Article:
In this exclusive excerpt from the Nutrition Business Journal/Engredea Monograph: Ingredient Market Forecast, we look at whether supply-source diversification will happen quickly enough to stave off overharvesting concerns. For more on the report, go to www.newhope360.com/monograph.
These ingredients have unrivaled backing in the form of scientific studies vouchsafing their benefits in cardiovascular health, in fighting inflammation and in infant nutrition. In addition, consumer awareness of omega-3s now has reached a level where it feeds upon itself word-of-mouth style. Even consumers who are only vaguely aware of the specific scientific data know that omega-3s are good for them and should be part of their supplementation plan.
Even as this awareness of omega-3s reaches something approaching critical mass, the overall market appears to reaching maturity. While sales remain robust, growth has backed off to the strong single-digit arena. Countering this trend is very strong growth in individual supply sectors, like krill. And adding more fuel to the fire are new omega-3s supply sources set to come on the market in the near future in the form of new photosynthetic algae technologies and a soy-based ingredient from Monsanto that has huge potential in the functional foods arena.
“The market globally is $1.67 billion to $1.86 billion in 2011,” said Christopher Shanahan, omega-3s analyst with Frost and Sullivan. “2012 is the year when the global market is going to pass $2 billion, so it’s a big achievement for the industry.”
Supported by strong science and by an effective and visible trade organization, these ingredients have now achieved an enviable position; awareness of omega-3s has advanced to the point that consumers are now choosing the ingredients based on a general good-for-you association without having to make health claims or associations on labels, in much the same way vitamin content can be mentioned.
And they are more studied than any other nutrient—or pharmaceutical. More than 20,000 scientific papers have been published on the benefits of docosahexaenoic acid (DHA) and eicosapentaenoic acid (EPA) omega-3s—including more than 2,000 randomized, controlled trials in humans—making them beloved among consumers and health-care professionals alike.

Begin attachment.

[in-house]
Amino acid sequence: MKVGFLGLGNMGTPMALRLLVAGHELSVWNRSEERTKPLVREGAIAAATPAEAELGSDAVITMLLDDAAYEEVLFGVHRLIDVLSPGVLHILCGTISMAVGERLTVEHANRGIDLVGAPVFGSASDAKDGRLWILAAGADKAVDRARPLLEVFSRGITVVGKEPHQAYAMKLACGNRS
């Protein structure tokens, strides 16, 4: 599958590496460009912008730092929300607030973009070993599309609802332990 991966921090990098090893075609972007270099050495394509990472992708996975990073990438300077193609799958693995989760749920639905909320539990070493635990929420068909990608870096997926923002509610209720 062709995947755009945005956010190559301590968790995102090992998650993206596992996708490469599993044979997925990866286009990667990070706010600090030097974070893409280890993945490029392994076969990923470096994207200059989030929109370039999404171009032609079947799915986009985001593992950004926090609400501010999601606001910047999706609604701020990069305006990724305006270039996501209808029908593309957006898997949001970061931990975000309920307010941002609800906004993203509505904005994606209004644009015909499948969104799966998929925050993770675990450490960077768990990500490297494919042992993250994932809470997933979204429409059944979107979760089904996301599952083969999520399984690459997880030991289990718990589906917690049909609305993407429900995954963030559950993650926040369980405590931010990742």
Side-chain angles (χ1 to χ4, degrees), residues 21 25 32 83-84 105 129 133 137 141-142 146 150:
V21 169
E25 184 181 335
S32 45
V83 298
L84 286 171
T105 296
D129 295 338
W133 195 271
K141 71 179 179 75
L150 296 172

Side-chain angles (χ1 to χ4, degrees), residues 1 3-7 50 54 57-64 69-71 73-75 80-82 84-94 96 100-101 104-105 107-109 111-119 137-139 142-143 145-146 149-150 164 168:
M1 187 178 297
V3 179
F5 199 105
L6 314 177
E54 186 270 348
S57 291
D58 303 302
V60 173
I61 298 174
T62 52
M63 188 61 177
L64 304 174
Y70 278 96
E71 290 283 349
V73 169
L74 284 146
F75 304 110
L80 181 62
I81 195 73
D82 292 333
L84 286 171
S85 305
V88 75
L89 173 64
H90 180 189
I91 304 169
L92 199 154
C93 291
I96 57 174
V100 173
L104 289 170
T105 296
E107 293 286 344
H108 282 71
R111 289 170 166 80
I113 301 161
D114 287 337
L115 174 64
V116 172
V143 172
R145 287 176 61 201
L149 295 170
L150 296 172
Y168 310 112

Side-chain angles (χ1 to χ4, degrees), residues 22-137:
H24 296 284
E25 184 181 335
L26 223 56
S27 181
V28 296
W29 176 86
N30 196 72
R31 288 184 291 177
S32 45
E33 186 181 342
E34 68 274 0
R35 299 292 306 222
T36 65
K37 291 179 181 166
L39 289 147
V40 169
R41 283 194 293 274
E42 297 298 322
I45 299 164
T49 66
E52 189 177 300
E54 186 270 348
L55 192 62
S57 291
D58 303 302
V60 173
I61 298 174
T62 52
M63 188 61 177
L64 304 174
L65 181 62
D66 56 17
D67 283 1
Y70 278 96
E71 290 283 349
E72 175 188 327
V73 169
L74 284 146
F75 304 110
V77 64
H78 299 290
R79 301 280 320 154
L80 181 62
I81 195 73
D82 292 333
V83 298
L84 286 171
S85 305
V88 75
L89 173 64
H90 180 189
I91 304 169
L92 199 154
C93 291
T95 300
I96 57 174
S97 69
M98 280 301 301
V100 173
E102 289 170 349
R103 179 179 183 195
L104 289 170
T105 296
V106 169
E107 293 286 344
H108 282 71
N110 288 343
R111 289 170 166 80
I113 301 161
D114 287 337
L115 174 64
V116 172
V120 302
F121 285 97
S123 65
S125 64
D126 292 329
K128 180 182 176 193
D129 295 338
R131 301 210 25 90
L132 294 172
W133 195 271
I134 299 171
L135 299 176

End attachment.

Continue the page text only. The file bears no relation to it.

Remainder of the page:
These facts are nothing but good news for omega-3 ingredient and end-product manufacturers, particularly in light of the yawning gap between the average person’s intake levels, and what those levels probably should be.
“For heart disease, the intake I recommend for the general population without known disease is about 500 mg of EPA and DHA a day combined in roughly equal proportions. If there is 40 percent EPA and 60 percent DHA or the reverse—as far as we know it doesn’t make any difference,” said omega-3s expert William S. Harris, PhD, of the Sanford School of Medicine at the University of South Dakota. Harris is also the inventor of the baseline measure called the Omega-3 Index, a test for which he offers through his firm OmegaQuant Analytics. “The Japanese eat about a gram a day. The typical American intake is like 150 mg a day. So going from 150 up to 500 is a big step. Going up to 1,000 is huge step, so I’m trying to be a little bit realistic. And there is good data that 500 mg a day reduces risk of cardiac events.”
EPA and DHA exist in the first place because they are synthesized by algae, which are eaten in the ocean by fish, krill, squid and other animals and concentrated in their tissues. The start of the story of omega-3s in human nutrition started in fish, and this is still the primary source of the oil that ends up in supplements. More than three-quarters of the world’s supply of omega-3s comes from the anchovy and sardine fishery off of Peru. This supply is abundant but not unlimited and is nearing maximum output.